Designed with looks and a performance that quite literally set it a class apart from other knives, the Kyowa Super Stone Barrier Knife comes with a blade that’s hand-finished to perfection by craftsmen who have preserved the traditional techniques of Japanese sword-making, which have existed since the 13th century… and oh, the unusually un-metallic texture around the knife’s blade stems from the fact that the Super Stone Barrier Knife comes with a stone coating around the metal blade.
Coated meticulously with 6 different layers of stone, the Super Stone Barrier Knife’s blade is just literally a 0.01mm sheet of metal in a stone armor. The metal is exposed just at the edge of the blade, giving it substantial sharpness that allows the knife to slice cleanly through food with little to no resistance or friction. The stone coating adds precision and durability, but also offers a strikingly unique look, and a textured surface that acts as a natural non-stick. It also makes sure the blade will never rust, tarnish, warp, or dent, allowing the unique-looking and uniquely built Super Stone Barrier Knife to last MUCH longer than traditional steel blades.
Plastic straws take a staggering 500 years to fully decompose, which is a lot for saying they are only used for around ten minutes at a time! But arguably something that is far worse than them ending their life on a landfill, is the fact that many find their way into our oceans and become a significant risk to our fishy friends and their sea-dwelling companions!
A solution for this is of course to use reusable straws, but unfortunately a lot of people are put off these due to their fiddly cleaning process; this is the issue that designers Chu Hiu Ching and Cheung Wa identified, and their solution came in the form of the rather ingenious Icicle Straw.
Icicle can be split into two separate parts when it comes to cleaning time; the extrusions in the metal body allow the user to easily slide the two parts apart and clean inside, without the need for cleaning tools!! And when it’s time to enjoy another beverage, simply snap the two back together!
Cheese is notoriously picky when it comes to being stored, under the wrong conditions it will begin to alter its texture, dry out and deteriorate, or it can even become the home to harmful bacteria. While storing it in a cool environment, such as a fridge is advised, when placed in such a thing, it can be lost and forgotten about. Cupola is here to assist in both the storage and service of cheese, and it does so in a neat way!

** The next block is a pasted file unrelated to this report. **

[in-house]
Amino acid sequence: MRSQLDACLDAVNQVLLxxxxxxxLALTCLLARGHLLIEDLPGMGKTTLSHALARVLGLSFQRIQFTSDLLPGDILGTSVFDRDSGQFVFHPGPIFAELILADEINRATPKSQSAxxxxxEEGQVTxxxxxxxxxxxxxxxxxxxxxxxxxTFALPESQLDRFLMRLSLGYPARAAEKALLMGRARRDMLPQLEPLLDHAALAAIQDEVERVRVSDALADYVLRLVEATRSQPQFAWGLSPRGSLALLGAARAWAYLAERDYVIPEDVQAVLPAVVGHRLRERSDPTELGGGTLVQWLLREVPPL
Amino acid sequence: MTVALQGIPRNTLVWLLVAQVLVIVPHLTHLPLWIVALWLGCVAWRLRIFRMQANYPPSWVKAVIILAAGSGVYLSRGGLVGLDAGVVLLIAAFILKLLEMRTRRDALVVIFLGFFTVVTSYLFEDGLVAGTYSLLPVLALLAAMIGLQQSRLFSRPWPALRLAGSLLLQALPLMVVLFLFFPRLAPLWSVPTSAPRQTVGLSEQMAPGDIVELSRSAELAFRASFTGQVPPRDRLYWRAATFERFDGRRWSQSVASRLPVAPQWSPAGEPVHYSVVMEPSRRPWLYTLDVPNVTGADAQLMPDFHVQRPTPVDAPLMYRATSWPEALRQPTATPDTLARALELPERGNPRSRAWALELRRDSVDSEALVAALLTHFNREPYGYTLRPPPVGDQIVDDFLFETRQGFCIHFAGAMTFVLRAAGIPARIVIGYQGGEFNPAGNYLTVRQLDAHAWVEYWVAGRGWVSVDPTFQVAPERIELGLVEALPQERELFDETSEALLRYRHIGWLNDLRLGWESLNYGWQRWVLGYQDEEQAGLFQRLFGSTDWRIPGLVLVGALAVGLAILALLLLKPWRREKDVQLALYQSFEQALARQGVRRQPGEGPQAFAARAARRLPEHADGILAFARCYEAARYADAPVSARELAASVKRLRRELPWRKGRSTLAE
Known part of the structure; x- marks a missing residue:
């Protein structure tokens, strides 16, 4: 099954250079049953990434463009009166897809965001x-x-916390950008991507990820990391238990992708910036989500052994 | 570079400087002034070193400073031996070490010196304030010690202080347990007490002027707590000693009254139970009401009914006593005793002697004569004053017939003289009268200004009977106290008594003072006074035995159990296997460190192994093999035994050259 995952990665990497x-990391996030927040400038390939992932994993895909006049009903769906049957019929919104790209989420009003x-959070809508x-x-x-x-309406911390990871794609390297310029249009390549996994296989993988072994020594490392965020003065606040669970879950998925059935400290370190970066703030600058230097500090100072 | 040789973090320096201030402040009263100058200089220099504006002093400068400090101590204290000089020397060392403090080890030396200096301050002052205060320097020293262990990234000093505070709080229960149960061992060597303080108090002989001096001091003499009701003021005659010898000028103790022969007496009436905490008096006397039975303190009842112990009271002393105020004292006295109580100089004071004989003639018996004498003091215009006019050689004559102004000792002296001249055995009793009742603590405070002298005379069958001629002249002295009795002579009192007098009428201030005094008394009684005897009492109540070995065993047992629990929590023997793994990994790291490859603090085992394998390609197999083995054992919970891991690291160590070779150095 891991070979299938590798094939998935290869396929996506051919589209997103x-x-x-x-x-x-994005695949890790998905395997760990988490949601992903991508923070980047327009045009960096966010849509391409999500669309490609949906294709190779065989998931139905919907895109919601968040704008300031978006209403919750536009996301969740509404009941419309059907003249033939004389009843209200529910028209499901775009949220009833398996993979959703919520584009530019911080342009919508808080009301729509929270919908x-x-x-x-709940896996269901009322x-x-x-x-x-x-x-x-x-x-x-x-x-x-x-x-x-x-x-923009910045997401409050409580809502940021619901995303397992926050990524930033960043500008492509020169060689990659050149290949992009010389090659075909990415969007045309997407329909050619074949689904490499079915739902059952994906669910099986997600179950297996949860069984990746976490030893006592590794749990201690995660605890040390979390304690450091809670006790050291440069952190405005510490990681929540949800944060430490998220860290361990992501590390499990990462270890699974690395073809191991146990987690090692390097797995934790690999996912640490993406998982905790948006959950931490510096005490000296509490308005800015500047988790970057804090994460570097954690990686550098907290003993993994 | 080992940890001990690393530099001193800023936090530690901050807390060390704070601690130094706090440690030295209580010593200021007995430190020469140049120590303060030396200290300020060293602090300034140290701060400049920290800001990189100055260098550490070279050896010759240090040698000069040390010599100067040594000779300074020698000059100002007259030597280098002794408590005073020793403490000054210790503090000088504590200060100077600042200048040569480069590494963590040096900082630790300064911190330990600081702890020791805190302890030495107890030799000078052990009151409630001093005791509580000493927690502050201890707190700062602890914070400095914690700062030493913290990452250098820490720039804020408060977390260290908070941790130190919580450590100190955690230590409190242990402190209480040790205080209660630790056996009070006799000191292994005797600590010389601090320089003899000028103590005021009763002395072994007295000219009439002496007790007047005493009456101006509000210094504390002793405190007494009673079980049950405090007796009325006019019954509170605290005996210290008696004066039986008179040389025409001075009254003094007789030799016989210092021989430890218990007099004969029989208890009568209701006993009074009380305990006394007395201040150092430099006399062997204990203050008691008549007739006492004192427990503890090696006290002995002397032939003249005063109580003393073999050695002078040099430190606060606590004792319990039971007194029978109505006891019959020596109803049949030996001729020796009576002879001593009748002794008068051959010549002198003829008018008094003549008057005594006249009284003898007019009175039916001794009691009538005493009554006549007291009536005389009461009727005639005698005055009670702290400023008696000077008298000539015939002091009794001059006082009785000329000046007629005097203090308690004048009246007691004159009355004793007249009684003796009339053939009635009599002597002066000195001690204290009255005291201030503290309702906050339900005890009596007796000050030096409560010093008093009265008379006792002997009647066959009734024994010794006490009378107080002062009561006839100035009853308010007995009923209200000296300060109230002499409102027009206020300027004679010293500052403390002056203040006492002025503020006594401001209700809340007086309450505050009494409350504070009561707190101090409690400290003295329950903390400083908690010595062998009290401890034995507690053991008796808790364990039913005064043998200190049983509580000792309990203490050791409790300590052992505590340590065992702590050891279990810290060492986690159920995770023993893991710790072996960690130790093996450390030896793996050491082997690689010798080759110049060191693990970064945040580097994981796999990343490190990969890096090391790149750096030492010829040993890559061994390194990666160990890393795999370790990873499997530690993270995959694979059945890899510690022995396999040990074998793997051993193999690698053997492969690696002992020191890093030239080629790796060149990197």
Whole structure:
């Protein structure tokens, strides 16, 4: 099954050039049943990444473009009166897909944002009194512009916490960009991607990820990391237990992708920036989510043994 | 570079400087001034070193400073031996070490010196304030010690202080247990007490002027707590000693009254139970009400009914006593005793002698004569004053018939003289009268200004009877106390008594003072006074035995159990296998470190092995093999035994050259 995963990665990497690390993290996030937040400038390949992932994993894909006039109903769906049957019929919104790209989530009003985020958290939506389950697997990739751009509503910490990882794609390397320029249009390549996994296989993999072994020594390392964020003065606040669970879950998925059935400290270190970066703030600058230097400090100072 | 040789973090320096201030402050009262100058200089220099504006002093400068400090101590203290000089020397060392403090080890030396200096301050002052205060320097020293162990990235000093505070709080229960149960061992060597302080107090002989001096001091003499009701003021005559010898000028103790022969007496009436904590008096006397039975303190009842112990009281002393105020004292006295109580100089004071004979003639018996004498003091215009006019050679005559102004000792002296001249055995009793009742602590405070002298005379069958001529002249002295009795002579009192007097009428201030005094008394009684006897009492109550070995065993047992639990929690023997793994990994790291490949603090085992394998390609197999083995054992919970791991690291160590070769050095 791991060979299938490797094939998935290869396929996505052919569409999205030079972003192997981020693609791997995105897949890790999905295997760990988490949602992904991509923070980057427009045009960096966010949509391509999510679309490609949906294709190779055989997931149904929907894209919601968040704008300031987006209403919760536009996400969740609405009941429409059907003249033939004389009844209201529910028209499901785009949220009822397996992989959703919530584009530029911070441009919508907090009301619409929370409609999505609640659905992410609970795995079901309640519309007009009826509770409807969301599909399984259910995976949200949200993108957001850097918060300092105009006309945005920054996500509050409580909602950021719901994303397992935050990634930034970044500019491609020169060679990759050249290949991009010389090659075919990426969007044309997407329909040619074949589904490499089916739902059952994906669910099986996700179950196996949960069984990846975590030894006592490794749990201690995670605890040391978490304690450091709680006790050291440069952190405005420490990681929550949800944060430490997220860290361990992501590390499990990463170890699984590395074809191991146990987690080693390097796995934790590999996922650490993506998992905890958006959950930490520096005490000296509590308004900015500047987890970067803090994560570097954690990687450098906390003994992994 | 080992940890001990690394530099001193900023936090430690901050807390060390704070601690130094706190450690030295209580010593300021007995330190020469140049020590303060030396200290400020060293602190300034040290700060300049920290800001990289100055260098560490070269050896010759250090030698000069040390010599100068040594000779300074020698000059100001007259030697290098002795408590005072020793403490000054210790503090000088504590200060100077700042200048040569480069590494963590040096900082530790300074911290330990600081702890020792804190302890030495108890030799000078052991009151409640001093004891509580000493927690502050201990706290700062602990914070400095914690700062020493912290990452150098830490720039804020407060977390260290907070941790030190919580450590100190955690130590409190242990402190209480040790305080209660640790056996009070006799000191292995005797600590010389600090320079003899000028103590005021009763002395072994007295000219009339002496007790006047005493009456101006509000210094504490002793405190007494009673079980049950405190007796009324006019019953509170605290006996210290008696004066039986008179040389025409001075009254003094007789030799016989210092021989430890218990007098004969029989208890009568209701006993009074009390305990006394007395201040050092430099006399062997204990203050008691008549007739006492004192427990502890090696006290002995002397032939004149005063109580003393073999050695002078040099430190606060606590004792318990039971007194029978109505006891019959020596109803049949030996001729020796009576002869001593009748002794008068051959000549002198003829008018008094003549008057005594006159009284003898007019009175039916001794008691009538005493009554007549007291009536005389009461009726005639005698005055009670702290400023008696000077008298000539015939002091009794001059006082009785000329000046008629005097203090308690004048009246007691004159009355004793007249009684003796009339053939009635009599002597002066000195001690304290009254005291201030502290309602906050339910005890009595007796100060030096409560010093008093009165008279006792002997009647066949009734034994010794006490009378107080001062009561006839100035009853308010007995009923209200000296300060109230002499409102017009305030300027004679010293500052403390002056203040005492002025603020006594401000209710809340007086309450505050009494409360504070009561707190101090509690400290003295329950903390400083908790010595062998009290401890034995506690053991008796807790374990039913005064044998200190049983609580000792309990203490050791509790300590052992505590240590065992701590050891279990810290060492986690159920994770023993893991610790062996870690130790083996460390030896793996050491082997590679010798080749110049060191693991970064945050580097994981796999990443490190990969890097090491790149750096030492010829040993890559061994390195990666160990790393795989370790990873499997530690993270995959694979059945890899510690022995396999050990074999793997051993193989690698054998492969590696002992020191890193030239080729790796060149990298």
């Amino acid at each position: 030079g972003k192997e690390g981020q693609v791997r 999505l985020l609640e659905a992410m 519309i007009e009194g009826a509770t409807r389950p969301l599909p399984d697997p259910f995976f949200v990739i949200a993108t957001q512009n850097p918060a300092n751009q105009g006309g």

Cupola takes the cheese out of the fridge and onto the countertop, where it provides a cool, temperature regulated environment for the cheese to be stored. A small door with a quirky, asymmetrical handle can be found on top of the device, which is ideal for quick access to the cheese! Or alternatively the entire dome can be removed for sharing with a group!
Shateso’s Tea-Flip Brewer, although rather playful in its demeanor, has its roots in traditional Oriental tea brewing. The tea was brewed in a slender, long cup, and the brew was then transferred to a shorter, stouter cup by simply placing the overturned short cup above the tall cup, and flipping. The idea was to drink Oolong tea from the wide-mouthed cup, but have the lingering aroma emanate from the taller, slender vessel.
Tea-Flip uses a playful-yet-culturally-relevant flipping action to brew tea. In an effort to make loose-leaf tea brewing quite as easy as tea-bag brewing, the Tea-Flip vessel replaces the silken tea-bag, and acts as an infusion/brewing chamber. Armed with two mugs, the Tea-Flip lets you A. rinse your tea-leaves before brewing them (using the opaque, bamboo fiber mug), and sip your brew from a separate, transparent glass mug. All along, the tea-brewing chamber holds the leaves in it (after you empty the brew), giving you a nice wafting aroma of the tea, and making a significant olfactory upgrade to your brew.